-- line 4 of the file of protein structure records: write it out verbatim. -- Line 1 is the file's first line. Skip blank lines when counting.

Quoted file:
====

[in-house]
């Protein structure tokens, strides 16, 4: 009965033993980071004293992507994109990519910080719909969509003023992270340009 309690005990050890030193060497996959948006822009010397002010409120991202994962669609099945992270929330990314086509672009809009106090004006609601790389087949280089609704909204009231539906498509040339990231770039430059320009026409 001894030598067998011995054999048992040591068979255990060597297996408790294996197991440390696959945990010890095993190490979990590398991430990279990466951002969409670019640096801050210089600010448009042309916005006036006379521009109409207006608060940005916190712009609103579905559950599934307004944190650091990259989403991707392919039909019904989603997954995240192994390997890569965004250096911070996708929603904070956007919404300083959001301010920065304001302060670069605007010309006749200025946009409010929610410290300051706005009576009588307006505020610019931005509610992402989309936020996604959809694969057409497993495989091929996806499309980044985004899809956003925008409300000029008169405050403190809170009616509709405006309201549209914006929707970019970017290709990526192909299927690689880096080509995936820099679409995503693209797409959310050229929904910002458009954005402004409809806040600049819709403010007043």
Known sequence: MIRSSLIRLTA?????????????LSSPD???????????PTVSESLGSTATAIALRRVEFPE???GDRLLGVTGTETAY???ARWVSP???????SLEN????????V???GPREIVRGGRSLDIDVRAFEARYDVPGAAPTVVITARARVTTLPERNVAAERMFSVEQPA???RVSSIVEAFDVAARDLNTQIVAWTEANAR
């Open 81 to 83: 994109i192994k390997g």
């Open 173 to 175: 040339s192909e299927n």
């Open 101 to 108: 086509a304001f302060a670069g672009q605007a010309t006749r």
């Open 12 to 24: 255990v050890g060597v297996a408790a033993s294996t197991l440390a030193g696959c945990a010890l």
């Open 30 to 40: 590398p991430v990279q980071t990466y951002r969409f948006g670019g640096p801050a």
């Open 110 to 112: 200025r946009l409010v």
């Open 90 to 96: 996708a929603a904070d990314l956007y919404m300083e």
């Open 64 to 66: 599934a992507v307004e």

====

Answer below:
């Open 81 to 83: 994109i192994k390997g």